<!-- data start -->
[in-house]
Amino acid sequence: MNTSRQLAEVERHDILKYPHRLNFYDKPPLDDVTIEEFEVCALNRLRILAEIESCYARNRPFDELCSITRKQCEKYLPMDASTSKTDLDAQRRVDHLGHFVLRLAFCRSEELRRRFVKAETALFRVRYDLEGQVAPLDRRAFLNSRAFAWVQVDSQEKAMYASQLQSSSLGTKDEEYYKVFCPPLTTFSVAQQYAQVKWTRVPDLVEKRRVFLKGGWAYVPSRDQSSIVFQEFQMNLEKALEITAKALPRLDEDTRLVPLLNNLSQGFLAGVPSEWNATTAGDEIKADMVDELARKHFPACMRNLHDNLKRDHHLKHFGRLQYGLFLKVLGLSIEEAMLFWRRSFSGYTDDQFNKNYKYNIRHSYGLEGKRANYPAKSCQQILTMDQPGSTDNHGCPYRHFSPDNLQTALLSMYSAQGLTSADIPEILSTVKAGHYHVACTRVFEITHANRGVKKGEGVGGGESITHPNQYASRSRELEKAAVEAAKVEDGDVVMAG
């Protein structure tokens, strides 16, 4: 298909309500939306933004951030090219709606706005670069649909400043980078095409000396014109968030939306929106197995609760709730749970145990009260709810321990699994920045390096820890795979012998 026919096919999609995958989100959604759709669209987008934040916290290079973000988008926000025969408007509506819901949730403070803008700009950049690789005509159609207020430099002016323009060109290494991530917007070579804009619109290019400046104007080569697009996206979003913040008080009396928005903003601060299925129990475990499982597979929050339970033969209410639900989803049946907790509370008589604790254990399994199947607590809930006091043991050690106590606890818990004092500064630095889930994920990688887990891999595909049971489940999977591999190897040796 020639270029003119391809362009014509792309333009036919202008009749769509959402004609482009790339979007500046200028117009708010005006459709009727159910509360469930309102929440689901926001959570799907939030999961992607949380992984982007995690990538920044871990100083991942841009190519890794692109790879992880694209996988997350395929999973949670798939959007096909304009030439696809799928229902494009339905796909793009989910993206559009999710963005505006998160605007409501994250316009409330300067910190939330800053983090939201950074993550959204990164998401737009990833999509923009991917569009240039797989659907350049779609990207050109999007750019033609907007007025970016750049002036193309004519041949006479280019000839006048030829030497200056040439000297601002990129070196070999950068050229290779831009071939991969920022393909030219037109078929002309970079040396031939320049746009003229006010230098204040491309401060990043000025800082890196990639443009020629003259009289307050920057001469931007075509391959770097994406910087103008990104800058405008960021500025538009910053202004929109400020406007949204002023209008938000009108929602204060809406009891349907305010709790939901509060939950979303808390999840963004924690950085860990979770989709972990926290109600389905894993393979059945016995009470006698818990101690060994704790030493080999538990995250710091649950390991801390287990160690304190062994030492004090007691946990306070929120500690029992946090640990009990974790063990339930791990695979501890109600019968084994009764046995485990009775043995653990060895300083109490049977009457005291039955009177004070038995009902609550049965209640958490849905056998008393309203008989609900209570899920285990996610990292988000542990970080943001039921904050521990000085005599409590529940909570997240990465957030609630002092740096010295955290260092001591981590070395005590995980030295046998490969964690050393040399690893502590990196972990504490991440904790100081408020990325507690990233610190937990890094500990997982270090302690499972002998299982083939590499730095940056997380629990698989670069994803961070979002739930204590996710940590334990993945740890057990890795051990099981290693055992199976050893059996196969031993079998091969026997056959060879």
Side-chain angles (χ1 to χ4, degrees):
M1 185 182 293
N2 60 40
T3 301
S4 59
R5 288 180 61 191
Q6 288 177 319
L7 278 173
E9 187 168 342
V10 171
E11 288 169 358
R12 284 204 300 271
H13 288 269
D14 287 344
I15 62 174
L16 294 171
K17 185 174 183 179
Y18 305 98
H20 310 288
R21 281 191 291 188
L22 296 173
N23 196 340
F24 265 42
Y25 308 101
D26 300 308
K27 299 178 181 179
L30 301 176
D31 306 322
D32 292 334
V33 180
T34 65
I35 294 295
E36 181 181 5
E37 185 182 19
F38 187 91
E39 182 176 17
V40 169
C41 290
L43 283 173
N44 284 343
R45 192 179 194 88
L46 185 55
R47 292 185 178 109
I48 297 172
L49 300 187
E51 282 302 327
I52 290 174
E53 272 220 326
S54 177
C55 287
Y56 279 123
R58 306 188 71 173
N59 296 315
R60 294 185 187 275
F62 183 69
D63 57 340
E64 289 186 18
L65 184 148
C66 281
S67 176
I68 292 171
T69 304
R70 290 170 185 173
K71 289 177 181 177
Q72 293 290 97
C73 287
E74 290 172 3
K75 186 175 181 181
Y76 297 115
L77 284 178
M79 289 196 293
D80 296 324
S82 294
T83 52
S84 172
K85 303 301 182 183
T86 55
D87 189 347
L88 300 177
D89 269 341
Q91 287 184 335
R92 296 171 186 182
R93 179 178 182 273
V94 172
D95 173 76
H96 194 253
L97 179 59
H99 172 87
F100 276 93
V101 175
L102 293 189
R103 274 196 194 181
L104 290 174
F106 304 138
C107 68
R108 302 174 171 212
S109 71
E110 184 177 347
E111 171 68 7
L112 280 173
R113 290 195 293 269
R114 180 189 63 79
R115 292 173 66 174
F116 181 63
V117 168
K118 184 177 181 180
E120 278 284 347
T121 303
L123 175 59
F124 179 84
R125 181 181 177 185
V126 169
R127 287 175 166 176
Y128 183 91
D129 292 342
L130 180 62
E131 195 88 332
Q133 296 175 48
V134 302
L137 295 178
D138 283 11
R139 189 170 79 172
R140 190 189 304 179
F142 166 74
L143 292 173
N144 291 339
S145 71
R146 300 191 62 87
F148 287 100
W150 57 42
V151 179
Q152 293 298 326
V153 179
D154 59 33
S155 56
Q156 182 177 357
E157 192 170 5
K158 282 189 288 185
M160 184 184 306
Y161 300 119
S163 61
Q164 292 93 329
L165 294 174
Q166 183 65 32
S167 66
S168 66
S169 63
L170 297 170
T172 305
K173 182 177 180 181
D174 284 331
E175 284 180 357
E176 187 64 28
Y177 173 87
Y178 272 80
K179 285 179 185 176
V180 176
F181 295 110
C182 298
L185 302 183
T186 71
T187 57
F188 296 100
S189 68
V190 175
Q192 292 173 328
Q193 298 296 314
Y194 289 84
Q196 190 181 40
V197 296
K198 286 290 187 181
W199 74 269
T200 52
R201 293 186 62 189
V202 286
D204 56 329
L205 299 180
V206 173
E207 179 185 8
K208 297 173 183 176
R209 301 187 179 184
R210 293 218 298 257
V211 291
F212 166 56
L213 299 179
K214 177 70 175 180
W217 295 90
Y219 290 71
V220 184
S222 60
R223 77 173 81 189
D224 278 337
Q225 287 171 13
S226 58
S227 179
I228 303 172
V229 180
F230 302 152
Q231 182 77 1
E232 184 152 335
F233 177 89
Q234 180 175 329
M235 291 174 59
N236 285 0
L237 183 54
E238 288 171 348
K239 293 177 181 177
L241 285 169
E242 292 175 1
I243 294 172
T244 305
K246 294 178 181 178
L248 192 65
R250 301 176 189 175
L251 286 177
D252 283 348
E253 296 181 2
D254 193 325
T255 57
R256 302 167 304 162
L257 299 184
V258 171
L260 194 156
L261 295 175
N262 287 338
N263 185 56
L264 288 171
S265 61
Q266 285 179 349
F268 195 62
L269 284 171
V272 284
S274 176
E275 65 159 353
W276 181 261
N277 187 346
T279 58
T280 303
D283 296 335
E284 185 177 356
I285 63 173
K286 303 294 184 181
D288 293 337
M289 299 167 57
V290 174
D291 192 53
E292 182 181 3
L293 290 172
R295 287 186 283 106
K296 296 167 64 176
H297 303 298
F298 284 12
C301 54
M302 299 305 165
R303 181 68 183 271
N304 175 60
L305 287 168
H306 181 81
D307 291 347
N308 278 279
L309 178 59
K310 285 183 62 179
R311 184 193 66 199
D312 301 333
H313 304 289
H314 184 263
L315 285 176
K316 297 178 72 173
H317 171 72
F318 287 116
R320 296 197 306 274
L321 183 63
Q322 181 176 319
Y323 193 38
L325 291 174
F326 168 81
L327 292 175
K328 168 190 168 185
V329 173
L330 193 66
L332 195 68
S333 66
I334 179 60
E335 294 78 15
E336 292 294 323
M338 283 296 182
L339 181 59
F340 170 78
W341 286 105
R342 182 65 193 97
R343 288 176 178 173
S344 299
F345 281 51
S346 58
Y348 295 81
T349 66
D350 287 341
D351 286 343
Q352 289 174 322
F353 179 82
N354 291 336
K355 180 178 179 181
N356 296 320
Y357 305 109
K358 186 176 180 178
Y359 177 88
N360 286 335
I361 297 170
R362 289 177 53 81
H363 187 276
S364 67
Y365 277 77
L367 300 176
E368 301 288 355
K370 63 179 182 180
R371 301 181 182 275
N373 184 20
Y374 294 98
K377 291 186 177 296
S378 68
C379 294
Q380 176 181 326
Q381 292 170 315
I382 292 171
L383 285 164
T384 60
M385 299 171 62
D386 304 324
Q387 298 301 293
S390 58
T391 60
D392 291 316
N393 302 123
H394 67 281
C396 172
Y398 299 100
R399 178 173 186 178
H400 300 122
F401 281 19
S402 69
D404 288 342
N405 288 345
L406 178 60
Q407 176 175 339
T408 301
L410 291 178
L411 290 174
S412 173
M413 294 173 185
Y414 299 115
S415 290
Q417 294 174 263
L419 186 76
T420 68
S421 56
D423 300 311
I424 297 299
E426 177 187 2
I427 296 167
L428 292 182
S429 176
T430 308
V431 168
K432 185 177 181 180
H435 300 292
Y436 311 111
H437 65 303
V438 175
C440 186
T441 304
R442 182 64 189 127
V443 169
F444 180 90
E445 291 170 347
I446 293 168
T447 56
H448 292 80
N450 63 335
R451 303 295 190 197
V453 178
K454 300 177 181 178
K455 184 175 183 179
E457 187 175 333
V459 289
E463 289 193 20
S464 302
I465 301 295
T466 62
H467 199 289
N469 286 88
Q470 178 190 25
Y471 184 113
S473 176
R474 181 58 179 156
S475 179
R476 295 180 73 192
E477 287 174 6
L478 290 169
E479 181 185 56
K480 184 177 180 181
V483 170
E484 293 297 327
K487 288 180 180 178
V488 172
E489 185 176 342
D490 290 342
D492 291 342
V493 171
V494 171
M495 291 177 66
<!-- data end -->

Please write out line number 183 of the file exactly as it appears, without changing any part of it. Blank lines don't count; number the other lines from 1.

K208 297 173 183 176